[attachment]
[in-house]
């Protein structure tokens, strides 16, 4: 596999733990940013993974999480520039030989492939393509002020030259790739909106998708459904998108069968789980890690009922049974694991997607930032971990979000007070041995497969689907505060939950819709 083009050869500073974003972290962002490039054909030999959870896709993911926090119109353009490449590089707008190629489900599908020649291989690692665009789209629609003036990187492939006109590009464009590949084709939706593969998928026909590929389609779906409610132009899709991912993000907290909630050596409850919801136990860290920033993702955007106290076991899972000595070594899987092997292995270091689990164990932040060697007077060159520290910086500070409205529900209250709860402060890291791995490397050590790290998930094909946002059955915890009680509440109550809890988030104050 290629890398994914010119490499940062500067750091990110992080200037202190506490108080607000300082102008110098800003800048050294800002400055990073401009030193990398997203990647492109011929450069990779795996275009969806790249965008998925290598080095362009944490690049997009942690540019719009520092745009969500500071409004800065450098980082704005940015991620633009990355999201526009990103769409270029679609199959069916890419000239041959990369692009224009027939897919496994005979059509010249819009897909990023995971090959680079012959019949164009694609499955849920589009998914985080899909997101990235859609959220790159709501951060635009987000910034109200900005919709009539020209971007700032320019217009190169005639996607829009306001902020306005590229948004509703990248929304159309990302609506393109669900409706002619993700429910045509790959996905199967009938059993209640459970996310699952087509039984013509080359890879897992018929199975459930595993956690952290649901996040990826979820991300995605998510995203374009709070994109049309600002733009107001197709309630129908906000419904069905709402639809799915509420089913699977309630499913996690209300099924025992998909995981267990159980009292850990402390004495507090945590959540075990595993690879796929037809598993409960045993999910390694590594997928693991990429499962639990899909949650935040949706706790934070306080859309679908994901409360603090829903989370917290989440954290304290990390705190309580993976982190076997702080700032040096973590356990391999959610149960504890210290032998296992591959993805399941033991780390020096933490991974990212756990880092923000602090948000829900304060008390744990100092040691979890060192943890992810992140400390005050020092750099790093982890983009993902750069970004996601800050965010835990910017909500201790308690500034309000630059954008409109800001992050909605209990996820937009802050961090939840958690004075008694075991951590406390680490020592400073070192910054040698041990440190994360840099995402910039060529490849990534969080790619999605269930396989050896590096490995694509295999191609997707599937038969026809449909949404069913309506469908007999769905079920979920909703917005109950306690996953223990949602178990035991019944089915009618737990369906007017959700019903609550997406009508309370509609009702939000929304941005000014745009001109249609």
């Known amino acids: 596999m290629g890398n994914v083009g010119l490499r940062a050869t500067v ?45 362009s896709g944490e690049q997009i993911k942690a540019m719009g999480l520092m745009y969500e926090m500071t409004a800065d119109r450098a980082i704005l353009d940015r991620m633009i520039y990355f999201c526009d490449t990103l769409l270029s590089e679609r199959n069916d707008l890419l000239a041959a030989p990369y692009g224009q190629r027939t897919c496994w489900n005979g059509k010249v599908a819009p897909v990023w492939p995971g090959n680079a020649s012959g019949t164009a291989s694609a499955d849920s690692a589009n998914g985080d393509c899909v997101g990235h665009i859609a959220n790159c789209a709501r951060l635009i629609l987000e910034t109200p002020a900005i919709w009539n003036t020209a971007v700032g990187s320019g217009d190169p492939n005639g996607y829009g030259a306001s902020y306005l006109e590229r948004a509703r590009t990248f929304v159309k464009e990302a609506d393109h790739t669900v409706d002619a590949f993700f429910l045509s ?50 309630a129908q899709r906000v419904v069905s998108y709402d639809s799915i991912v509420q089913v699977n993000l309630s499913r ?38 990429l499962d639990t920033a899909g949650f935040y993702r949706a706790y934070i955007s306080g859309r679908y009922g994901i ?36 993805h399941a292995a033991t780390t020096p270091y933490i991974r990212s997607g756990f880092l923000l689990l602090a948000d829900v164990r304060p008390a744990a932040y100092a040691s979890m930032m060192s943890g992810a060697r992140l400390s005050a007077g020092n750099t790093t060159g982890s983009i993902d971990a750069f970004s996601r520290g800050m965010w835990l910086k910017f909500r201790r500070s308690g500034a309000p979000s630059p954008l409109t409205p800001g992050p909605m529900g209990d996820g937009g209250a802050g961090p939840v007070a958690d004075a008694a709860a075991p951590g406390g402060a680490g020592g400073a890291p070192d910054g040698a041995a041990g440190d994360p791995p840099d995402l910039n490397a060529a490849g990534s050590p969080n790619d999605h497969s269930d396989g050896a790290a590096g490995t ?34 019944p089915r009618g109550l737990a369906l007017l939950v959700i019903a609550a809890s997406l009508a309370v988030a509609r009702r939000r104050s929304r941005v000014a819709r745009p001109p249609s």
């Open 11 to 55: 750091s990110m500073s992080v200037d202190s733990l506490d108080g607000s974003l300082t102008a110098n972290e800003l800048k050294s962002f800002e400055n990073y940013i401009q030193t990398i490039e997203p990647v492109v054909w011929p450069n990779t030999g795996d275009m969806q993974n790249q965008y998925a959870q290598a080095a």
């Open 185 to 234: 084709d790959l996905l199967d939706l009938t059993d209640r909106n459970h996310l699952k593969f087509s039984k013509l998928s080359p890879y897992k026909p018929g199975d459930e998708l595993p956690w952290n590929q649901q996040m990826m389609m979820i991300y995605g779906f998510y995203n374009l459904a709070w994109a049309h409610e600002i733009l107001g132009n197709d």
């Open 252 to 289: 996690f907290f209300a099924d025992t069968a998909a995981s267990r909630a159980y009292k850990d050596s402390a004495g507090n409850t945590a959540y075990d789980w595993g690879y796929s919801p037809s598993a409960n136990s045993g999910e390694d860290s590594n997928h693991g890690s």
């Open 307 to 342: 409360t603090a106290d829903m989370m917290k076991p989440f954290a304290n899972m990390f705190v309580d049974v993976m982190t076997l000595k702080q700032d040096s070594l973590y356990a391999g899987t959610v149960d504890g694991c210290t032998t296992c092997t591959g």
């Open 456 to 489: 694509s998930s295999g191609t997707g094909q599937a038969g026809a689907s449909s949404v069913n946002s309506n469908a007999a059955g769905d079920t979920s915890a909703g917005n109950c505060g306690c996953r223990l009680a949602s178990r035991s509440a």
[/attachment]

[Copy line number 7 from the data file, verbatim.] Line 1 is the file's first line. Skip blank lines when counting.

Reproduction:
């Open 307 to 342: 409360t603090a106290d829903m989370m917290k076991p989440f954290a304290n899972m990390f705190v309580d049974v993976m982190t076997l000595k702080q700032d040096s070594l973590y356990a391999g899987t959610v149960d504890g694991c210290t032998t296992c092997t591959g």